What is it like being a modern professional athlete? What are the pressures you feel outside of performance?
I feel very honoured to be a professional athlete, taking part in a sport that I love so much every single day. I’m so grateful for the opportunities the sport has given me, such as having a home Paralympic Games in London, which was an incredible moment – not just in my career, but in my life. With events like that does come pressure; pressure from the public and governing bodies, but mainly from myself. There is also always pressure to maintain fitness and be at your peak physically outside of competition season, as well as looking for new ways in which you can keep bettering yourself. But I pride myself on thriving on pressure and I suppose it does make me work harder and keeps me motivated during those long days in the middle of a Paralympic cycle.
Did you have sporting role models when you started? Do you now feel that responsibility?
Yes, definitely! My role model was Nyree Lewis (now Nyree Kindred). It was watching her win the S6 100-metre backstroke at the Athens 2004 Paralympics that inspired me to want to be a Paralympic swimmer and achieve my dreams. I do understand that others may look up to me and perhaps take their inspiration from all of us Paralympians and Olympians. That is why I feel it is so important that we set a good example both within our sports and within our lives generally.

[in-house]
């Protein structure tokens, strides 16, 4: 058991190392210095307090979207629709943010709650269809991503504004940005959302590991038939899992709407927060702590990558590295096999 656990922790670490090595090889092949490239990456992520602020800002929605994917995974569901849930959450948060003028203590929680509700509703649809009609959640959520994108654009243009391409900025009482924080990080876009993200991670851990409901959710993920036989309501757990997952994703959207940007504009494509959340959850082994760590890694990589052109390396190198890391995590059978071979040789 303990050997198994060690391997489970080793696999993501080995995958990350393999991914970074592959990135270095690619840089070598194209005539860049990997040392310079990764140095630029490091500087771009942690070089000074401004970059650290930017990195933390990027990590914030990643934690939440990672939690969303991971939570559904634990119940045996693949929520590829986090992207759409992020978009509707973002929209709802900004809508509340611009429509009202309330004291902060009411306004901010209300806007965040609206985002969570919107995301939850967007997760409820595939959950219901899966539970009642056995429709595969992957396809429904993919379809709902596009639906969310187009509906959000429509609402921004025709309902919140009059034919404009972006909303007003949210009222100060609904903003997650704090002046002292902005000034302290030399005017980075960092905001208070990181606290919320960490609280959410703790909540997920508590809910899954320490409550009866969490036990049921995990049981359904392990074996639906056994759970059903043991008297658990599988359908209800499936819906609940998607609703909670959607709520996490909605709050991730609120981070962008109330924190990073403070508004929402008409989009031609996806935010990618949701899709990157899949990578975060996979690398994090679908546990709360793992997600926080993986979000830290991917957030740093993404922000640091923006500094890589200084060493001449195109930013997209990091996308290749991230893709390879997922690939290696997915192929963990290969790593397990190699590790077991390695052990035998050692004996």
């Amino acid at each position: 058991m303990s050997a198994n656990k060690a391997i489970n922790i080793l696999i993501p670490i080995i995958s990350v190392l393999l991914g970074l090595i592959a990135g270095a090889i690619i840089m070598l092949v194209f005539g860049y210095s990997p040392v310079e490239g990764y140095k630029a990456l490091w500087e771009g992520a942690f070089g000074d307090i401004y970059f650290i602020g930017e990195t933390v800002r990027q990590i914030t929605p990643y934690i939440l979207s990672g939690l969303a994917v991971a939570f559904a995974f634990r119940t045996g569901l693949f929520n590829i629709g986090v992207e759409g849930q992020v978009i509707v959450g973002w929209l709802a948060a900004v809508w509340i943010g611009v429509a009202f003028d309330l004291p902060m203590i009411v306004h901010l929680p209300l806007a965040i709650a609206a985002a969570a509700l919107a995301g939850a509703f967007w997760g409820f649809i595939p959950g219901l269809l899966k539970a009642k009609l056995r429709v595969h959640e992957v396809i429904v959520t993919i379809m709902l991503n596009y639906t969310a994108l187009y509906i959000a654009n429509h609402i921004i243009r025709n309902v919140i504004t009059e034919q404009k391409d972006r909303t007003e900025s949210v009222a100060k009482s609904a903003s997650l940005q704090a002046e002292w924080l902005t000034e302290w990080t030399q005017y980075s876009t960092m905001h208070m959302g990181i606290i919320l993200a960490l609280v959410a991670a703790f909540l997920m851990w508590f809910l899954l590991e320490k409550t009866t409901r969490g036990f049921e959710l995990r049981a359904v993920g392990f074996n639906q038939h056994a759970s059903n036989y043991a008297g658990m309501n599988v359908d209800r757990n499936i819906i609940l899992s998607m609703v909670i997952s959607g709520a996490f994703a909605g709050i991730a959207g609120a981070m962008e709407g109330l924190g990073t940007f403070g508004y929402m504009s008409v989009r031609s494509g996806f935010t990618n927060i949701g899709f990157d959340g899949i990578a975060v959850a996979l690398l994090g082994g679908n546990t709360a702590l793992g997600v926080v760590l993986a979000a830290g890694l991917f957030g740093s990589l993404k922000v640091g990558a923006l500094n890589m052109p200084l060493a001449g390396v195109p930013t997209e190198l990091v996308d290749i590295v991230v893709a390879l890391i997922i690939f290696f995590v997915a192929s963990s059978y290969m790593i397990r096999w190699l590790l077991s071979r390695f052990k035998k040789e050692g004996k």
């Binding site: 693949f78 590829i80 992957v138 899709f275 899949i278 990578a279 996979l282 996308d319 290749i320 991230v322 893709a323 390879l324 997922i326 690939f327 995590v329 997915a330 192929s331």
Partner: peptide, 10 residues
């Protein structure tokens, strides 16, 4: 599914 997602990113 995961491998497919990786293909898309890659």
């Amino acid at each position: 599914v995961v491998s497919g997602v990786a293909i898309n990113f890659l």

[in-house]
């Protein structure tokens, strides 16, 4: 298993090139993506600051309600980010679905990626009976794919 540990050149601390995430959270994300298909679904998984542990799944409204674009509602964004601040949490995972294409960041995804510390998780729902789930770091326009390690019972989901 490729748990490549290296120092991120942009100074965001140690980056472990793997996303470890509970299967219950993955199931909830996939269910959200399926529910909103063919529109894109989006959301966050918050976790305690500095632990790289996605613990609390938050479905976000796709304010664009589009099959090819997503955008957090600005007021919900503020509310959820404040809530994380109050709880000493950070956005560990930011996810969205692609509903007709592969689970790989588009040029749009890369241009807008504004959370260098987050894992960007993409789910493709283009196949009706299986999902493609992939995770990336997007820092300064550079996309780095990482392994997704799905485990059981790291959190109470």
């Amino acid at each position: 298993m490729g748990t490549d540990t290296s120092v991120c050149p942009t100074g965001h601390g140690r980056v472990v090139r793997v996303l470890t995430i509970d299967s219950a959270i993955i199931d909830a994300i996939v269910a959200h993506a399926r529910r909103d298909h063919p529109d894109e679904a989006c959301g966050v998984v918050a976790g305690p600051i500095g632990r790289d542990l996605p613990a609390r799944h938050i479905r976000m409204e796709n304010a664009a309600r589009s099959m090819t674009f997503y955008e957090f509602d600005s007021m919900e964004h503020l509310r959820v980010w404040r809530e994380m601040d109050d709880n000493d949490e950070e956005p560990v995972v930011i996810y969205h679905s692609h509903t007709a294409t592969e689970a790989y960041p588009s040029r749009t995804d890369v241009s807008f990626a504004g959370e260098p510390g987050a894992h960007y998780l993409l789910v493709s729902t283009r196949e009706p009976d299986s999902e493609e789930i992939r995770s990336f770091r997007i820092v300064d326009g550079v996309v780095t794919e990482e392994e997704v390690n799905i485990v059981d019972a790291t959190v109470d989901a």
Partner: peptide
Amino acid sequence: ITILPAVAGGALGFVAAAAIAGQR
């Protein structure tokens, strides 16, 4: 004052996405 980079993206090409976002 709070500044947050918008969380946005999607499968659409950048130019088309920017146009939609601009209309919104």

How does dealing with the media impact you as a sports star – how important is it?
The media brings what we do to public attention, so we as athletes must speak to them and deal with them as part of our job as an elite athlete. But I am very grateful for what the media has given me – such as going on TV shows and meeting people. As athletes, we owe a debt of gratitude to the people who promote our sports and enable us to do what we love.
How do you like to communicate with fans? Is that changing?
I like talking to people face to face – it makes a real difference to me being around them, fans really help inspire me to push on to be the best that I can be. There is a lot more contact through social media these days as well, like Facebook and Twitter, and this has changed a lot since 2008 – the Beijing Games – which were the first Games I went to. I try to visit schools as much as I possibly can. When I do, I love seeing the looks on the children’s faces when they hold my gold medal or hear stories about other athletes and competitions. I know I would have loved that as a child, and hopefully it can inspire someone to achieve their dreams, whatever that dream may be.
What impact can sports stars make when they decide to speak out on causes or issues they believe in? Should they do more of it?
Anyone in the public eye can make a difference if they support a particular cause. I think that if you feel strongly about something you should say what you feel and try to bring it to the attention of as many people as you can.